Thursday, April 13, 2017

Naval Gaming w' Admiral Winkie

Somewhere in the S. Pacific, 
the fighting's been real terrific!

An opportunity that more resilient models - often plastics but some metal figs and ships also - provide is to permit us to play with children who are still working on their fine motor skills. It often seems that they practice them by dropping small, valuable objects and then picking them up, only to drop them again! This is not to be confused by ham-handed, sausage-fingered gamers who squash things because they've too much mass in their extremities. That often sounds like this, "oh wow look at that...oops, sorry" as flag / mast / sword breaks off...*Sigh*. 

In any event, when my 7yo son found the resin 1/2400 Panzerschiffe WWII ships I was sorting, he immediately asked if he could play with them. I thought - why not? The painted ones have been through the miracle dip, and are very resilient. The unpainted ones are either primed in shades of gray or still in the raw resin color. Unless he physically smashed them against each other and breaks a smokestack, they probably can't be damaged. So we had a quick talk about respecting the models, and I took them downstairs to the formal dining table we only occasionally use. It's about 3'x4.5', and plenty smooth.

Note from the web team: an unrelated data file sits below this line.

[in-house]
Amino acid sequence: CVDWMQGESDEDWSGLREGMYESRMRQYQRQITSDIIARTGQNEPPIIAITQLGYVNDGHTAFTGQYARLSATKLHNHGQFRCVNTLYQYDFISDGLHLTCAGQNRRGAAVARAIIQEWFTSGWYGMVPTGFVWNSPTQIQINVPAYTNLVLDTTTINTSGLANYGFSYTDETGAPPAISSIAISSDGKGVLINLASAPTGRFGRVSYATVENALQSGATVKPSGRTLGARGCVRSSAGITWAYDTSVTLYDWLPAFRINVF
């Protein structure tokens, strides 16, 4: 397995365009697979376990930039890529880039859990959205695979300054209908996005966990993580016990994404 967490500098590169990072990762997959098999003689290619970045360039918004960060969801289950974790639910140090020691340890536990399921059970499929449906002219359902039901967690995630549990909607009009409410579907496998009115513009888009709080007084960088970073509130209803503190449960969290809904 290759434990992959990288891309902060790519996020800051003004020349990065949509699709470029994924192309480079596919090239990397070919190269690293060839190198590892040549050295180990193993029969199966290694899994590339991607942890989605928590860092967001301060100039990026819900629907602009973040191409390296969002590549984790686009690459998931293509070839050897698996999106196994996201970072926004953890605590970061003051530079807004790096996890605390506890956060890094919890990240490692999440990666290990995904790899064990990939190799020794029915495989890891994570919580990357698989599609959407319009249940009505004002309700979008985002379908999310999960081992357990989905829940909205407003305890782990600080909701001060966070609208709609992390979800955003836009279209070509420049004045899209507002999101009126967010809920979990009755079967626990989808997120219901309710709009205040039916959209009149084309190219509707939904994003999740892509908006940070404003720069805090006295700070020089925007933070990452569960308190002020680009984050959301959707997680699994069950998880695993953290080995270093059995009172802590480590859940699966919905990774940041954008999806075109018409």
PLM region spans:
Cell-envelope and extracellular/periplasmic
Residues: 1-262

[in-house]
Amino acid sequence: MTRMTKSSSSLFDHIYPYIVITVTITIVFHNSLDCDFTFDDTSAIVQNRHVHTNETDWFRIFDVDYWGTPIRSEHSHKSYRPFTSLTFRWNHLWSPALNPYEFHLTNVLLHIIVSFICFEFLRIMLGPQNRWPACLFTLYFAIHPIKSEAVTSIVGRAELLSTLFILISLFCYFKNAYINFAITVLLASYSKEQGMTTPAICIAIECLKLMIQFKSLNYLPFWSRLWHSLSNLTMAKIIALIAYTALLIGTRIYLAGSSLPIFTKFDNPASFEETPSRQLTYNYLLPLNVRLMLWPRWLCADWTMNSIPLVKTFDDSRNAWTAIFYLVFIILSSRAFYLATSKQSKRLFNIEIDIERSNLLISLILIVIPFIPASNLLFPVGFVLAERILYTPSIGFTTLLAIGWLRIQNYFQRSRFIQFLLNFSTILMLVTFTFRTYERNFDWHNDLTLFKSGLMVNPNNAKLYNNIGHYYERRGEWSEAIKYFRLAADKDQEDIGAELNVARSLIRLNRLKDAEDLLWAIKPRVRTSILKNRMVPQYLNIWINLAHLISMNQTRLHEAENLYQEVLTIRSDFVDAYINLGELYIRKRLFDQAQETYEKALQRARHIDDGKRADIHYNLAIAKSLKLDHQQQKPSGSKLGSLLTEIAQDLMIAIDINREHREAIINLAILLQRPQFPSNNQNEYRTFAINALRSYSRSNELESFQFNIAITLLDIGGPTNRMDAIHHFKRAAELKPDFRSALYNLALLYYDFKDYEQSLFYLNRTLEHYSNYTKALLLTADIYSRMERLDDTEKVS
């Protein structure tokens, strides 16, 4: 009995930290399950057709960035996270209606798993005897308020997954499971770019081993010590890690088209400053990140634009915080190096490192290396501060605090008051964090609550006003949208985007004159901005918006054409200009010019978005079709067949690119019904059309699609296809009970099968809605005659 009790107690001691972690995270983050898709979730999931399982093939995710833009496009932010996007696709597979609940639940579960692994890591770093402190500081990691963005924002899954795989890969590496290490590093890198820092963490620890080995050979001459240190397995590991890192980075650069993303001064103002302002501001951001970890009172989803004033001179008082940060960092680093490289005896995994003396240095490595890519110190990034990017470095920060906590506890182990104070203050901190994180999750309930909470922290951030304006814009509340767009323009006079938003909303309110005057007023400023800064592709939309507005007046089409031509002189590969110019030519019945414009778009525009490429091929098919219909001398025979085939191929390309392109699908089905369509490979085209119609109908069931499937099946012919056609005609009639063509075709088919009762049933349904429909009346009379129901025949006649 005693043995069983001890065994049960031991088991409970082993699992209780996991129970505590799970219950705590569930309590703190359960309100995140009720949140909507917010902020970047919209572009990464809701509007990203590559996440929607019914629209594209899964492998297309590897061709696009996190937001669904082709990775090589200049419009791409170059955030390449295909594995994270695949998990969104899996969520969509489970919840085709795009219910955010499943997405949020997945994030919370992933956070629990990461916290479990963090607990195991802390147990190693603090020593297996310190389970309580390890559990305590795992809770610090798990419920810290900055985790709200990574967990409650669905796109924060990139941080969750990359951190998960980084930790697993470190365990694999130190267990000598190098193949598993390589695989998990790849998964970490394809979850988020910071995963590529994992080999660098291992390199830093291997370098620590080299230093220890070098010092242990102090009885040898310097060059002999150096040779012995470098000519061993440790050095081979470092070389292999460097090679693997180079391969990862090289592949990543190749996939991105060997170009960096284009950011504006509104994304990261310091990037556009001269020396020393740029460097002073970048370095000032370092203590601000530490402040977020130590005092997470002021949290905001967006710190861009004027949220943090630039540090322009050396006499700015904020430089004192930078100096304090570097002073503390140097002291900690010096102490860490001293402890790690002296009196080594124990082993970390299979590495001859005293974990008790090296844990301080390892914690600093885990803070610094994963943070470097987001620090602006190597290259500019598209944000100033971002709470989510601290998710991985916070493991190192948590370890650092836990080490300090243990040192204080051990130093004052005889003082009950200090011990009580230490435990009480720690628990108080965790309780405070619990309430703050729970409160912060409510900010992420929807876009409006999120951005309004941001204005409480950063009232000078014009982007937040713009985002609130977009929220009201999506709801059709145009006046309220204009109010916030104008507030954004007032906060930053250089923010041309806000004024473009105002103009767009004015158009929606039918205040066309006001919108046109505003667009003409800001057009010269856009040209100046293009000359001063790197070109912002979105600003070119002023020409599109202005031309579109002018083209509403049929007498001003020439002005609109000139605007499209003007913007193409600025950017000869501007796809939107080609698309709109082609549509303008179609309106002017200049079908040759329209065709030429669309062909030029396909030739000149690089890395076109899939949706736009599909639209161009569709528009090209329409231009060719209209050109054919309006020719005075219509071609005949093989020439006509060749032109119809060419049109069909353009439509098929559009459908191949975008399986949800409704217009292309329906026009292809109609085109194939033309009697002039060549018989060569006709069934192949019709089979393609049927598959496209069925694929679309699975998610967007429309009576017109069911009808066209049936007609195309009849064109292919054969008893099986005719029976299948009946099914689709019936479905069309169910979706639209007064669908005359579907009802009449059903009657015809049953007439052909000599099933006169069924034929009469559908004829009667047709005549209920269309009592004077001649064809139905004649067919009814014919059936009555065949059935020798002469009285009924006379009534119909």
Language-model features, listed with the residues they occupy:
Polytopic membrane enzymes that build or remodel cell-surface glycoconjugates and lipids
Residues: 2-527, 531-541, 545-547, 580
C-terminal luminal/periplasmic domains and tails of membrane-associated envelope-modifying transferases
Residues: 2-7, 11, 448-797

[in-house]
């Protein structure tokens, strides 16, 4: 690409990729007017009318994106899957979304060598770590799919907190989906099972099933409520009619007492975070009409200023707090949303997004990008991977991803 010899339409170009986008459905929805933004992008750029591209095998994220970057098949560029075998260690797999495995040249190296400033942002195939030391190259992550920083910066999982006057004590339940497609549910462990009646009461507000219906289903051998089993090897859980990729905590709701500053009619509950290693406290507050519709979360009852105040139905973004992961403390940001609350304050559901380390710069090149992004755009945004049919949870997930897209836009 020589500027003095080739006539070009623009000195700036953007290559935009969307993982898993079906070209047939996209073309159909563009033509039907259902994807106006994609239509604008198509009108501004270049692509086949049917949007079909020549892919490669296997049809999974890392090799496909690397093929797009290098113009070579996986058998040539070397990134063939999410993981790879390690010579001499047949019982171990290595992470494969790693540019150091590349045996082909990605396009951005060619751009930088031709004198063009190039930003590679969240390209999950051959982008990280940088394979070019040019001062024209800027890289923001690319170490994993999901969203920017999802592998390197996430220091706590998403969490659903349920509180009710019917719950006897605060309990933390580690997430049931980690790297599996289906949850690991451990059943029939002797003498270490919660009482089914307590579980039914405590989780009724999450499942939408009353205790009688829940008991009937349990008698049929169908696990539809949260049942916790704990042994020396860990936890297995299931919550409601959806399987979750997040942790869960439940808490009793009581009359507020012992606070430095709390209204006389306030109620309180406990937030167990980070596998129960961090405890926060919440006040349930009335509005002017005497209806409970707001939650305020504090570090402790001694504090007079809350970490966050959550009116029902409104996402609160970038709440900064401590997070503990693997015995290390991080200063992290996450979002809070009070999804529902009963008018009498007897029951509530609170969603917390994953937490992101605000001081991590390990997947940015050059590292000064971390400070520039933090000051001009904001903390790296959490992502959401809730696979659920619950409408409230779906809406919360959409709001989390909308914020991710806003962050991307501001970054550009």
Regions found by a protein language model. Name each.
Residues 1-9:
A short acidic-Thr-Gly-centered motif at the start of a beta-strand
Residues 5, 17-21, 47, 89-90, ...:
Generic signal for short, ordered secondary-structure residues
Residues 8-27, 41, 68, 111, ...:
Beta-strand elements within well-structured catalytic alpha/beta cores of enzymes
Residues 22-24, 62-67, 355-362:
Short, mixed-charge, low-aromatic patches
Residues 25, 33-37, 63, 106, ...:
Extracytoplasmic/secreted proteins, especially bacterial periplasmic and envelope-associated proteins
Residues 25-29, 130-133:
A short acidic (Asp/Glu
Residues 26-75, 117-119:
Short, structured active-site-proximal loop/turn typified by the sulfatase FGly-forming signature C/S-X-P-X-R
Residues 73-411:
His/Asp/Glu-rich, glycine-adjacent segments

As I considered what to do, I decided this was a great opportunity to start developing a "One-Hour Wargames" naval game. I'd never tried one this simple - the rules had to be easily perceived to someone who knows nothing about naval gaming, yet at least generally respect realities of naval warfare. I also wanted to begin teaching ADM Winkie basic naval tactics and give him an opportunity to use some math - at school he's just going into multiplication and division. All that being said, here's what I came up with in the ten minutes I took to bring everything downstairs:

  1. Ships. There are three types: BB=Big, CA=Medium, DD=Small.
  2. Speeds. Big, Medium and support ships=3"a turn, Small 6"a turn.
  3. Turns. Up to 90, rotating on the center.
  4. Gun dice. Each uses relatively sized dice: Big [d20], Medium [d10] and Small [d6].
  5. Hits. Guns hit at 50%, or 11+, 6+ and 4+ respectively, inflict one damage point.
  6. Fire Arcs. All ships shoot with 2 dice, one Fore and one Aft, both to Port / Starboard side. Arcs are roughly 45 degrees off the four sides.
  7. Range. Big guns shoot out to 36" at -2 [so 13+], Big and Medium out to 24" at -1 [so 12+ or 7+], Big, Medium and Small guns shoot at 12" with no modifiers.
  8. Torpedoes. Only DD carry, range is 6", hit on 4+, damage is two Points.